NASCAR President Steve Phelps held a preseason media availability on Friday, Feb. 12 in advance of the season-opening Daytona 500.
As usual, Phelps was an open book and touched on a myriad of topics regarding the sport’s present and future. Everything from on-track competition to off-track scheduling was addressed in an informative session.
Here are five major takeaways from Phelps’ presser.
Positive fan reaction from social justice stances taken
Phelps said NASCAR’s progressive stance taken last year was “one of the most important things that happened” all of 2020. But it didn’t come without some backlash, specifically from longtime fans.
“There was a question at the time: did NASCAR go too far to ban the Confederate flag?” Phelps said. “Social justice, is that something a sport should do, NASCAR should do? Do we have permission to do it? The answer is yes. The question was: How is that going to affect our core fan, our avid fan?”
He provided some answers via NASCAR’s brand tracker it received for the 2020 calendar year as it relates to the banning of the confederate flag and social justice.
- For fans surveyed that have been watching the sport for 16-plus years, the results were three-to-one (3/1) favorable to unfavorable on the flag ban.
- For fans surveyed that have been watching the sport for four to 15 years, the results were six-to-one (6/1) favorable to unfavorable.
- For fans surveyed that have been watching the sport for zero to three years, the results were eight-to-one (8/1) favorable to unfavorable.
Phelps mentioned that taking a stance as NASCAR did last summer may not be the best thing for other sports leagues, but it’s the right thing for NASCAR. It’s also broken its diversity and inclusion strategy into three separate pieces: internally at NASCAR, within the industry at large and securing partnerships, things he said “are proud to say are working well.”
The introduction of Michael Jordan and Pitbull as team owners has also clearly made an impact. Phelps said a reflection of their stances is not only having a desired effect, but also producing a tangible change in a rather short period of time. To have two international icons that represent diversity within the Black and Latino communities is not lost on the sport.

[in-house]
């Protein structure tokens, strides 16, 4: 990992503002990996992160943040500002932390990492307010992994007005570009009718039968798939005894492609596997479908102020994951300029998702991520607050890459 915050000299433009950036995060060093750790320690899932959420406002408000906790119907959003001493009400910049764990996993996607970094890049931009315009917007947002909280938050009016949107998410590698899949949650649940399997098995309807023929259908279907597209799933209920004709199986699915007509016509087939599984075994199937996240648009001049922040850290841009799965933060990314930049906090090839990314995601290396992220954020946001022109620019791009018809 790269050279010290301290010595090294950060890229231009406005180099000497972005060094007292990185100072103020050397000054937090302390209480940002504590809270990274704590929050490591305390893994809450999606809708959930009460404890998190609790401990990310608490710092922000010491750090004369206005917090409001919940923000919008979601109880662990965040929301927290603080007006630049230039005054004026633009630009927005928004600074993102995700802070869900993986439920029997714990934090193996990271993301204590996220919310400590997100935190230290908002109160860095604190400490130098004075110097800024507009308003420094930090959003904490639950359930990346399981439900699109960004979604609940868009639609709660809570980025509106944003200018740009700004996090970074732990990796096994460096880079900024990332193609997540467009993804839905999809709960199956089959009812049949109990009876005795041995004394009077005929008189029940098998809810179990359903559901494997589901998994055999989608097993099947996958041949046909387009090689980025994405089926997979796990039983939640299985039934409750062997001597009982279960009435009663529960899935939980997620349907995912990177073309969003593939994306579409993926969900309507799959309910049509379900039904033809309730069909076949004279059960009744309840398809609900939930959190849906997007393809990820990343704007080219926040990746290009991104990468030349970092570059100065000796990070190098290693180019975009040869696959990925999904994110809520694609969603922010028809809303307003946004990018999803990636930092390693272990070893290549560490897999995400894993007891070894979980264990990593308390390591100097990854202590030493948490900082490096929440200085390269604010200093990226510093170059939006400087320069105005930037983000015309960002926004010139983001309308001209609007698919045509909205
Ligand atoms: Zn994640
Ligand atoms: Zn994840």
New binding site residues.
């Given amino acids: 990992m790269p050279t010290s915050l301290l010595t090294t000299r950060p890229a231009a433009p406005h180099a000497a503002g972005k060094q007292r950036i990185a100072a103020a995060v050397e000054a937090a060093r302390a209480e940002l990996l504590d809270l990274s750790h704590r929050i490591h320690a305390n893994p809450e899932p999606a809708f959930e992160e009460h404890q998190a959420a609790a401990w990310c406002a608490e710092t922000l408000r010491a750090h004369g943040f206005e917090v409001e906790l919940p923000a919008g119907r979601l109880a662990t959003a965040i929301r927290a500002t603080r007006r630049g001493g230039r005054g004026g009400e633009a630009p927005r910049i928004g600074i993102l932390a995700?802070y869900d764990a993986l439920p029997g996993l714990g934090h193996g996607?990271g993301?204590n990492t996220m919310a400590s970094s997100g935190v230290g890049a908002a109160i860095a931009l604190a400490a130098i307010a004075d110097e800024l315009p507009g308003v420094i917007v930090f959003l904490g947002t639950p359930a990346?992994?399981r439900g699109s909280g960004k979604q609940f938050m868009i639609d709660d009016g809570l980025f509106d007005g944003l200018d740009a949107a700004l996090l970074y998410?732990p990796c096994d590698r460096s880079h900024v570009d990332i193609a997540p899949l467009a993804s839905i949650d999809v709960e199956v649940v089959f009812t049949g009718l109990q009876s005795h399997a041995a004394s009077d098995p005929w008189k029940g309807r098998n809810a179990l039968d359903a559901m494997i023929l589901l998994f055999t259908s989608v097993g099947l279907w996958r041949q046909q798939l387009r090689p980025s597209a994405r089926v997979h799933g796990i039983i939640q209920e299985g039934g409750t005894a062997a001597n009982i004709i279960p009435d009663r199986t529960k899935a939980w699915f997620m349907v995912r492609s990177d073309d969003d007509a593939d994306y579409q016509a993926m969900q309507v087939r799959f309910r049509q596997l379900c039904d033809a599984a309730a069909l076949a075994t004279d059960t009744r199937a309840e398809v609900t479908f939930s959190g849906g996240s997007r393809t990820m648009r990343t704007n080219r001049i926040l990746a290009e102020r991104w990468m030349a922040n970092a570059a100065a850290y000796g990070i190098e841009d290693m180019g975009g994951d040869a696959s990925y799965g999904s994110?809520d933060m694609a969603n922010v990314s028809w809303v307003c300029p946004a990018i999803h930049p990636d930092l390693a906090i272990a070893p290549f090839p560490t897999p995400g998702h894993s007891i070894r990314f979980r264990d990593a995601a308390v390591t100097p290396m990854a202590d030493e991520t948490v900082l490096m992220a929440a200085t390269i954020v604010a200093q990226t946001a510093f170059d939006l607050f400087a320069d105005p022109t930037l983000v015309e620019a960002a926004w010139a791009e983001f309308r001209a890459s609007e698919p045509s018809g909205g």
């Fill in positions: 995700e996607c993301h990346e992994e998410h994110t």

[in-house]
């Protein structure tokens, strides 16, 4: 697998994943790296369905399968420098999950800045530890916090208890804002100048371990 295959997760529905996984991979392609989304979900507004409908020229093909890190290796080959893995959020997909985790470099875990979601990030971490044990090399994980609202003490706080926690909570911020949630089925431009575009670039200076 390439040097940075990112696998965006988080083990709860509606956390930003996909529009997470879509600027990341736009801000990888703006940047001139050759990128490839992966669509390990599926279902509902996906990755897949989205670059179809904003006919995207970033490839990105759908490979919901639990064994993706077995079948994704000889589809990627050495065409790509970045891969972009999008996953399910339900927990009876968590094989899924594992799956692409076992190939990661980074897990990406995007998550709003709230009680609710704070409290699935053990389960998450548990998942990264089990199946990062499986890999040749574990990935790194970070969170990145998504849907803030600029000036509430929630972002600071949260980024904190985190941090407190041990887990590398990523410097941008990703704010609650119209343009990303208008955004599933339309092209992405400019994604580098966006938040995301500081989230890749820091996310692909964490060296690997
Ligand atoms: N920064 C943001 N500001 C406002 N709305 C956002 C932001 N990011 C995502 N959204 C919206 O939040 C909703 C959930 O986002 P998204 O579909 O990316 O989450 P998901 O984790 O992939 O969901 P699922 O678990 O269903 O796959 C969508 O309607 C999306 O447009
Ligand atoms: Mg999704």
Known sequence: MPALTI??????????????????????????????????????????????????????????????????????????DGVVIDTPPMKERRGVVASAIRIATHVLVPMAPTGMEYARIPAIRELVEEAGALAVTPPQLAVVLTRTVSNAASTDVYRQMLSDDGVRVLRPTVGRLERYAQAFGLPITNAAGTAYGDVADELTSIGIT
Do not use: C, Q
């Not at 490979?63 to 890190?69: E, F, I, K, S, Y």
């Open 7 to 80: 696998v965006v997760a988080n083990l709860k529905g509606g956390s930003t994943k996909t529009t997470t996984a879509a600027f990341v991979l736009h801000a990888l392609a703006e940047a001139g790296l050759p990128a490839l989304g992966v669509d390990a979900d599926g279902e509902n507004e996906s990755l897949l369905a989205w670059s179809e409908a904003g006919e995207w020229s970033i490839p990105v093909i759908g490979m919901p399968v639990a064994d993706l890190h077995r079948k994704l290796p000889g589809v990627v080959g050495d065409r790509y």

As for critics who don’t support the direction NASCAR is headed, Phelps recognized their perspective but was steadfast in his commitment to these new initiatives.
“I would say you’re going to have critics no matter what you do,” he said. “You’re not going to please all the people for sure. We’re going to do what we believe is right for the sport, right for the growth of this sport.”
Schedule for 2021 and beyond
With four new tracks (Circuit of the Americas, Road America, Nashville Superspeedway and the Indianapolis Motor Speedway road course) set to debut in the Cup Series this season, Phelps said he is “thrilled” to be exploring new markets and race tracks. That’s not to mention Cup cars running on dirt at Bristol Motor Speedway while the Camping World Truck Series adds a second dirt race at Knoxville Raceway.
Road courses will make up almost 20 percent of the schedule in total. Phelps said fans, manufacturers and broadcast partners all asked for more road courses leading into this season.
“As evidenced by what happened on Tuesday night (the Busch Clash), I think having stock cars on road courses works well,” he said. “They’re slipping and sliding, they get into each other. It puts on great racing.”
As for 2022, Phelps was noncommittal in terms of specifics but added that NASCAR “(has) a promise to (its) fans that (it’ll) continue to create new opportunities at new venues and new formats.”
Thoughts on the charter system
The charter system is a hot topic nowadays. As evidenced by Derrike Cope’s near miss last night on the final lap of Duel two and Gaunt Brothers Racing’s Ty Dillon failing to qualify for the Daytona 500 over multiple cars laps down, the question was posed to Phelps regarding balancing competitiveness and financial gain while owning a charter.